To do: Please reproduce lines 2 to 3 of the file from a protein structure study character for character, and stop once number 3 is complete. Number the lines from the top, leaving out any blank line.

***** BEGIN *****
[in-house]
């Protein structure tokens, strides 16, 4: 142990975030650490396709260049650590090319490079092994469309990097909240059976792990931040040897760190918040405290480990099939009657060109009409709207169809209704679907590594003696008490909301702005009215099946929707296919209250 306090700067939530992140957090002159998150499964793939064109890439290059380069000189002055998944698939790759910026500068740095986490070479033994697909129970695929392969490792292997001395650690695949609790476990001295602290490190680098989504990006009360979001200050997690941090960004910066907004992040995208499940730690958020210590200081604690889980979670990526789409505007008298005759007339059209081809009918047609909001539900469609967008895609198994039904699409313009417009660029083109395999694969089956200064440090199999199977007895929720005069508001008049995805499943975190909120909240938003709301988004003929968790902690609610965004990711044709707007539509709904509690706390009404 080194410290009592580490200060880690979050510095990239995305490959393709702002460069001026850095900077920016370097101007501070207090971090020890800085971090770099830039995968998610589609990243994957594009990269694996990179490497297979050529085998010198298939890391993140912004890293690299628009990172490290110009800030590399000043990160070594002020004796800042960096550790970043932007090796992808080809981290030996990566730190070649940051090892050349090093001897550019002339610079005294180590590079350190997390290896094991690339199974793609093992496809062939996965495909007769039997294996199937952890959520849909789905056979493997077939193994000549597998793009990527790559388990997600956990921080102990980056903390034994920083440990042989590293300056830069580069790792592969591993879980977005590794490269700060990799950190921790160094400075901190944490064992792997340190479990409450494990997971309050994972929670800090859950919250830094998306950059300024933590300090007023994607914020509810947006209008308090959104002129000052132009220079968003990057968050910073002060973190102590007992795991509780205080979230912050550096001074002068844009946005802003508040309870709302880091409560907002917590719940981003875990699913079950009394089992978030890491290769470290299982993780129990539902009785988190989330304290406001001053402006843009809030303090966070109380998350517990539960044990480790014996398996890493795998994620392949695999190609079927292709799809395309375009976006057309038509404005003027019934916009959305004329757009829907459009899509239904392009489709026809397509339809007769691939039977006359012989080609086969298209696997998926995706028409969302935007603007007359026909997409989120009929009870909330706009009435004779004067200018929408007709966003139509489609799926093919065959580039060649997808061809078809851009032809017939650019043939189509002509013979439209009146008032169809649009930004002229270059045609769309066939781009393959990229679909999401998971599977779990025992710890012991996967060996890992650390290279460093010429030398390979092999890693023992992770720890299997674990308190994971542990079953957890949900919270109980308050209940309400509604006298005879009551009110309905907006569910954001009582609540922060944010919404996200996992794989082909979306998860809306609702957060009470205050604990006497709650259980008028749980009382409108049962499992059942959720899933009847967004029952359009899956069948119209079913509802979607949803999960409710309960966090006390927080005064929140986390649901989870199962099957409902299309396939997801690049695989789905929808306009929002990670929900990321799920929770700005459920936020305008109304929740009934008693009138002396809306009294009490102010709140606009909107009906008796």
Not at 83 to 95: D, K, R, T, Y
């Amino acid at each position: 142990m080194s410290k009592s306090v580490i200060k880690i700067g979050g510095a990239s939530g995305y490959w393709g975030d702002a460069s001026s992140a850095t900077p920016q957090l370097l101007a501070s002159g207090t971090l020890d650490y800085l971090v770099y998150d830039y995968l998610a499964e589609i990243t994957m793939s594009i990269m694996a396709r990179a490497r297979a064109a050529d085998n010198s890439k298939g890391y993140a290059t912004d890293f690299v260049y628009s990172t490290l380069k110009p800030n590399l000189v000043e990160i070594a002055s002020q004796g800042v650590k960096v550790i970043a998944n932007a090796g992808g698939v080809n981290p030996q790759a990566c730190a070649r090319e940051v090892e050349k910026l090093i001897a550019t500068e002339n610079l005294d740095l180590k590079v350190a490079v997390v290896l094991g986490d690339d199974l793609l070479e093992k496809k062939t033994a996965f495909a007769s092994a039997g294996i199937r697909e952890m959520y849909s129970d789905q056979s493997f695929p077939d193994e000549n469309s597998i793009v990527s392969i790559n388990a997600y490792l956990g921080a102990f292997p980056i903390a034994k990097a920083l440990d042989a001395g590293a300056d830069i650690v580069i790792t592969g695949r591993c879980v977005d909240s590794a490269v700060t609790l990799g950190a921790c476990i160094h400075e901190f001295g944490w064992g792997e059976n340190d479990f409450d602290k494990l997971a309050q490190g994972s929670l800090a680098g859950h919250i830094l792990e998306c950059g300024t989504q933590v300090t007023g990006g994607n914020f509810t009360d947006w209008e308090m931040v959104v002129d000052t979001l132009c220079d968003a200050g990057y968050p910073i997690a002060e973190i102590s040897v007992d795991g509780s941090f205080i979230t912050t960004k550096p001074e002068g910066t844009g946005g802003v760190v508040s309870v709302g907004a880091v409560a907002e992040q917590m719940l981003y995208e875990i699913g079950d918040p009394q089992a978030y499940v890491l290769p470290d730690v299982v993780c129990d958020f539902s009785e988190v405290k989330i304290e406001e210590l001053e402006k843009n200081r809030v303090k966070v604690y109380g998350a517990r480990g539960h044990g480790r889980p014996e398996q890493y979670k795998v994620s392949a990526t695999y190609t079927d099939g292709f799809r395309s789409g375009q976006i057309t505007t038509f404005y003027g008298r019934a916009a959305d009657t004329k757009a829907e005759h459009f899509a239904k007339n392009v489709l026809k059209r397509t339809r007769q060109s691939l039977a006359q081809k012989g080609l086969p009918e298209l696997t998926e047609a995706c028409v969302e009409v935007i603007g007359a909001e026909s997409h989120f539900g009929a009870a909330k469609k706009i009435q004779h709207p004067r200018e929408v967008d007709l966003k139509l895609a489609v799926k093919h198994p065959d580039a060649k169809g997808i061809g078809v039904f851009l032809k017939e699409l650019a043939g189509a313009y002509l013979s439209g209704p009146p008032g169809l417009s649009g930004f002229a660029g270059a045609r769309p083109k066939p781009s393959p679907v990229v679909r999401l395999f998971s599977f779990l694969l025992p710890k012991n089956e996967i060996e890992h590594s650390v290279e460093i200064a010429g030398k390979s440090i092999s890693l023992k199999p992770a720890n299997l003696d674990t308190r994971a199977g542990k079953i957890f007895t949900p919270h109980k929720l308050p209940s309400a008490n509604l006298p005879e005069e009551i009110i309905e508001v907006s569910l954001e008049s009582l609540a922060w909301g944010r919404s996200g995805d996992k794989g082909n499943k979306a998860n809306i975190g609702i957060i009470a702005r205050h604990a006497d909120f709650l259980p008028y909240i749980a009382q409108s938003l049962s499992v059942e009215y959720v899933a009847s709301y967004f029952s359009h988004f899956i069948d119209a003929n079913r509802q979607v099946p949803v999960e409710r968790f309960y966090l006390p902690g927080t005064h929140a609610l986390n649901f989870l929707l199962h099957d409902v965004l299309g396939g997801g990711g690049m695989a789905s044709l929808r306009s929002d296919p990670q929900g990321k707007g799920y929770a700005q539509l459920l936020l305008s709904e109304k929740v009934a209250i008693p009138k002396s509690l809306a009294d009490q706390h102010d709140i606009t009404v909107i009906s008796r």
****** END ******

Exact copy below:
């Protein structure tokens, strides 16, 4: 142990975030650490396709260049650590090319490079092994469309990097909240059976792990931040040897760190918040405290480990099939009657060109009409709207169809209704679907590594003696008490909301702005009215099946929707296919209250 306090700067939530992140957090002159998150499964793939064109890439290059380069000189002055998944698939790759910026500068740095986490070479033994697909129970695929392969490792292997001395650690695949609790476990001295602290490190680098989504990006009360979001200050997690941090960004910066907004992040995208499940730690958020210590200081604690889980979670990526789409505007008298005759007339059209081809009918047609909001539900469609967008895609198994039904699409313009417009660029083109395999694969089956200064440090199999199977007895929720005069508001008049995805499943975190909120909240938003709301988004003929968790902690609610965004990711044709707007539509709904509690706390009404 080194410290009592580490200060880690979050510095990239995305490959393709702002460069001026850095900077920016370097101007501070207090971090020890800085971090770099830039995968998610589609990243994957594009990269694996990179490497297979050529085998010198298939890391993140912004890293690299628009990172490290110009800030590399000043990160070594002020004796800042960096550790970043932007090796992808080809981290030996990566730190070649940051090892050349090093001897550019002339610079005294180590590079350190997390290896094991690339199974793609093992496809062939996965495909007769039997294996199937952890959520849909789905056979493997077939193994000549597998793009990527790559388990997600956990921080102990980056903390034994920083440990042989590293300056830069580069790792592969591993879980977005590794490269700060990799950190921790160094400075901190944490064992792997340190479990409450494990997971309050994972929670800090859950919250830094998306950059300024933590300090007023994607914020509810947006209008308090959104002129000052132009220079968003990057968050910073002060973190102590007992795991509780205080979230912050550096001074002068844009946005802003508040309870709302880091409560907002917590719940981003875990699913079950009394089992978030890491290769470290299982993780129990539902009785988190989330304290406001001053402006843009809030303090966070109380998350517990539960044990480790014996398996890493795998994620392949695999190609079927292709799809395309375009976006057309038509404005003027019934916009959305004329757009829907459009899509239904392009489709026809397509339809007769691939039977006359012989080609086969298209696997998926995706028409969302935007603007007359026909997409989120009929009870909330706009009435004779004067200018929408007709966003139509489609799926093919065959580039060649997808061809078809851009032809017939650019043939189509002509013979439209009146008032169809649009930004002229270059045609769309066939781009393959990229679909999401998971599977779990025992710890012991996967060996890992650390290279460093010429030398390979092999890693023992992770720890299997674990308190994971542990079953957890949900919270109980308050209940309400509604006298005879009551009110309905907006569910954001009582609540922060944010919404996200996992794989082909979306998860809306609702957060009470205050604990006497709650259980008028749980009382409108049962499992059942959720899933009847967004029952359009899956069948119209079913509802979607949803999960409710309960966090006390927080005064929140986390649901989870199962099957409902299309396939997801690049695989789905929808306009929002990670929900990321799920929770700005459920936020305008109304929740009934008693009138002396809306009294009490102010709140606009909107009906008796």
Not at 83 to 95: D, K, R, T, Y